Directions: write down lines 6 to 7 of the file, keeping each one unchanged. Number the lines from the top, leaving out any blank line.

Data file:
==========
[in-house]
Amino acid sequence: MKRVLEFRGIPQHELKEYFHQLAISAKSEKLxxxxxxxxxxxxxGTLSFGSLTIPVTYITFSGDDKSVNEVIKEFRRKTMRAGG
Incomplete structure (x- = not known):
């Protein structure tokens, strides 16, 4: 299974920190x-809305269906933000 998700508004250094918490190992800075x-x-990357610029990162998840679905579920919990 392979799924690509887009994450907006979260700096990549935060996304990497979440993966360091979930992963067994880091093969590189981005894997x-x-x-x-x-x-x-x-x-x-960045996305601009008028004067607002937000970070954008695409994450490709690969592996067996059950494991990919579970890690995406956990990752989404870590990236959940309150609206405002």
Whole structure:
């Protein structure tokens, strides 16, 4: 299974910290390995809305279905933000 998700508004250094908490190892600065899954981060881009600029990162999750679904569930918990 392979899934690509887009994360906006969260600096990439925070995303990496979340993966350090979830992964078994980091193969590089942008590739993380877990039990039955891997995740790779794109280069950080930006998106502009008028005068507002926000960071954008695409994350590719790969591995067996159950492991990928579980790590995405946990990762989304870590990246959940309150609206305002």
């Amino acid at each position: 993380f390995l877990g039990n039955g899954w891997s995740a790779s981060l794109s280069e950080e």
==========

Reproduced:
């Protein structure tokens, strides 16, 4: 299974910290390995809305279905933000 998700508004250094908490190892600065899954981060881009600029990162999750679904569930918990 392979899934690509887009994360906006969260600096990439925070995303990496979340993966350090979830992964078994980091193969590089942008590739993380877990039990039955891997995740790779794109280069950080930006998106502009008028005068507002926000960071954008695409994350590719790969591995067996159950492991990928579980790590995405946990990762989304870590990246959940309150609206305002």
């Amino acid at each position: 993380f390995l877990g039990n039955g899954w891997s995740a790779s981060l794109s280069e950080e």